What to expect from the Chargers' first draft under Harbaugh and Hortiz

What are the Chargers' early impressions of Jim Harbaugh? (1:44)

Kris Rhim reports on the Chargers beginning offseason workouts with new coach Jim Harbaugh. (1:44)

LOS ANGELES -- Since the Los Angeles Chargers hired coach Jim Harbaugh and general manager Joe Hortiz in February, the Chargers staff has made each media appearance somewhat of a sales pitch to the world about how great the running offense will be.

There's running game coordinator and tight ends coach Andy Bischoff, who said the Chargers are an OL-centric team, one where offensive linemen are the superstars and everyone else will "fall in line."

Or offensive coordinator Greg Roman, the creator of one of the best rushing offenses in NFL history as the former OC of the Baltimore Ravens (2019-22), who asked reporters in February, "Can you imagine Justin Herbert with a great running game?"

Then there's the way Harbaugh describes linemen.

"It's like a fist," Harbaugh said of offensive line play, curling his fingers into a fist as he spoke. "There's five of 'em: one, two, three, four, five playing as one."

Combine these comments with the innumerable ones from Hortiz and players across the team, including running back Gus Edwards, that boast about L.A.'s rushing potential, and many have the Chargers pegged to select a lineman with the No. 5 pick in the NFL draft.

But the Chargers are open to trading out of that spot for the right price. And if they stay put, Harbaugh and Hortiz's history doesn't suggest that the Chargers will be determined to take a lineman, despite the organization's public affection for the position.

"I don't place an increased importance on any position other than, obviously, the quarterback position, which we're in good shape here," Hortiz said. "We have always fallen back in Baltimore to the best player available and that's what we're going to do here in L.A. We're going to take the best player available because every position is important to help win."

The Chargers already employ one of the league's better tackles in Rashawn Slater. But L.A.'s starting right tackle, Trey Pipkins III, has been inconsistent throughout his first five seasons.

Harbaugh was in a similar position in his first NFL stint. When he joined the 49ers in 2011, the team already had found its long-term left tackle in Joe Staley and left guard in Mike Iupati. The rest of the line featured more middling players.

But Harbaugh's 49ers never drafted an offensive lineman in the first round. Instead, they chose linebacker Aldon Smith (2011), wide receiver A.J. Jenkins (2012), safety Eric Reid (2013) and safety Jimmie Ward (2014).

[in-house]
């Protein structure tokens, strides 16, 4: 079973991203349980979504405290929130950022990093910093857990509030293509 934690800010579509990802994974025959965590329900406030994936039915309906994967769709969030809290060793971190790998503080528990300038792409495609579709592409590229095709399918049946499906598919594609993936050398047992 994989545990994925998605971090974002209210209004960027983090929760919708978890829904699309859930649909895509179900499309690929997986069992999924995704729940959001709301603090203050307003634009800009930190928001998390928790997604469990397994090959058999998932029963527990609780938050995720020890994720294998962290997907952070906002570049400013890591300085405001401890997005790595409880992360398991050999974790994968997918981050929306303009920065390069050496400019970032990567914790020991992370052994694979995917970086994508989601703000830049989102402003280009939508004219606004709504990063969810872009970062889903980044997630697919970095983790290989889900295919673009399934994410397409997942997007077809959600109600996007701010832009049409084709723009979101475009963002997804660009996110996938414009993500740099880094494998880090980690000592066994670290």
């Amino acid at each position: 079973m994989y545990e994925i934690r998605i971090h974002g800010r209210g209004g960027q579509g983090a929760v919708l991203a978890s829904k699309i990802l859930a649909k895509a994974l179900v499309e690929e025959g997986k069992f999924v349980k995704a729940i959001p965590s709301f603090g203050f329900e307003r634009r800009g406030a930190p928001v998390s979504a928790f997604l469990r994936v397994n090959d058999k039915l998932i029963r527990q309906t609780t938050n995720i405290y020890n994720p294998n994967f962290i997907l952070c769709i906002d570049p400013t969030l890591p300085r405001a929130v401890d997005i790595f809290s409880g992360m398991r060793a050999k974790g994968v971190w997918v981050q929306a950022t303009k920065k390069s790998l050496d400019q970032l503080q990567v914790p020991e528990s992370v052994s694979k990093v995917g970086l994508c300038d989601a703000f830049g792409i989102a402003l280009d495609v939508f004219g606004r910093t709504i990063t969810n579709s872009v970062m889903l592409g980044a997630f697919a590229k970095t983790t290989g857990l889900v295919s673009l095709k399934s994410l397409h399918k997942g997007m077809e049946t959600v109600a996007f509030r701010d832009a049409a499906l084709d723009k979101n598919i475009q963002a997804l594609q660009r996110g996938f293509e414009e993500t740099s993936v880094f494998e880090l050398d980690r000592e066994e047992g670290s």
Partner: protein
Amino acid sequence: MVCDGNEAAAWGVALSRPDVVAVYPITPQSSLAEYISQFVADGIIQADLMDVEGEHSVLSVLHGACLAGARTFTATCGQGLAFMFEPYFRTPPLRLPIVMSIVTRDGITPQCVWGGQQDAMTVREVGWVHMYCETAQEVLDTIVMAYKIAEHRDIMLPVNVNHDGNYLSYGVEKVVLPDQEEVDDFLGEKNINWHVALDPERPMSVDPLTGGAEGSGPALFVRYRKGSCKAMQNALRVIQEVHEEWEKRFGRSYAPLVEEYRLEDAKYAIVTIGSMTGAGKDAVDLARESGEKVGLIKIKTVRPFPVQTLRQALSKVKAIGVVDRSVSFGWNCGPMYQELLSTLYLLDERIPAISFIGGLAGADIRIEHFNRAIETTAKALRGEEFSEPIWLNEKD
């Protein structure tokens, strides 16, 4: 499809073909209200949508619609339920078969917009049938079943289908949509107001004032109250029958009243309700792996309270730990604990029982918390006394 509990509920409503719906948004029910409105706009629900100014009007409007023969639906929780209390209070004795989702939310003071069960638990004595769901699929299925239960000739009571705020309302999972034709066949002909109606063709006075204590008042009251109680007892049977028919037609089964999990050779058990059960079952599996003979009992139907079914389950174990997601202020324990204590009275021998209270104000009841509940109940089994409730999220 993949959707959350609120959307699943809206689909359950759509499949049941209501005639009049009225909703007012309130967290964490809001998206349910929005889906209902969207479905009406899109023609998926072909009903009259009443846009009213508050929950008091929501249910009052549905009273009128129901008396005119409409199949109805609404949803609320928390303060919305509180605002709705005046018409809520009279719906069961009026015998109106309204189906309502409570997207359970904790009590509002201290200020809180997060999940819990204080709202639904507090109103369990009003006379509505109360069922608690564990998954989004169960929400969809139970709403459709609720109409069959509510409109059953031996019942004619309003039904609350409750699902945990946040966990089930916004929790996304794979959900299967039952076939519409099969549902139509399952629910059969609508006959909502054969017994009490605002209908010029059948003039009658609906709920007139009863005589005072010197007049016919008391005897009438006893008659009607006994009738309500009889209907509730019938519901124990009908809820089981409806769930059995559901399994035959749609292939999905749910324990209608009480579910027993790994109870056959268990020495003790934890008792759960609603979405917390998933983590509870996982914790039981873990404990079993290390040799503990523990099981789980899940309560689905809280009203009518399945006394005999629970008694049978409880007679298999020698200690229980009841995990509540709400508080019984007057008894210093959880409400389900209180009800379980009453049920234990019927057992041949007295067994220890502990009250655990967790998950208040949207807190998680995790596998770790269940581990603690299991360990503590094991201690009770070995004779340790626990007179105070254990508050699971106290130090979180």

Though Harbaugh's history sheds some light on what the Bolts might do in the draft, he won't have the final say. That responsibility will be on Hortiz.

When Harbaugh took the job in February, the power dynamic between him and the Chargers' general manager was one of the biggest questions about his tenure. In San Francisco, tension with the front office led to Harbaugh parting ways with the team a year before the end of his contract.

"I really want to be Robin to his Batman in the offseason, then when it turns around to the season, I'll be Batman and he'll be Robin," Harbaugh said at his introductory news conference in February. "We'll be the Caped Crusaders, man."

Before joining the Chargers, Hortiz spent 26 years in the Ravens' personnel department, and he was named the director of player personnel in 2019. Though Hortiz never made the final decisions, he will lean on the Ravens' best-player-available process in his first draft.

For the Ravens, the first-round pick has often landed at wide receiver. The Ravens have drafted six first-round receivers, the most of any position group, in their franchise history. This year's draft has been described by analysts as a class with more NFL-ready players than in years past.

Still, selecting the right player in a talented group is paramount, a lesson Hortiz learned in Baltimore.

Baltimore's first-round picks show the franchise's commitment to receivers, but also reflect how often it chose a player who didn't play to the level of a first-rounder, leaving the team with a continuing need. The Ravens have never had a player selected to the Pro Bowl as a receiver.

"Look, we're trying to add depth. Certainly, there are some positions that we don't 'need,' but you're one play away from needing a position," Hortiz said. "If you look at it based on need, you're never just one player away, ever. ... When you get a chance to add a great player, you add them. That's how we're going to approach it."

There is also the chance that the Chargers trade out of No. 5 to a team such as the Minnesota Vikings, who might offer two first-round picks. In that scenario, the Chargers could select a lineman and a receiver.

The draft begins Thursday.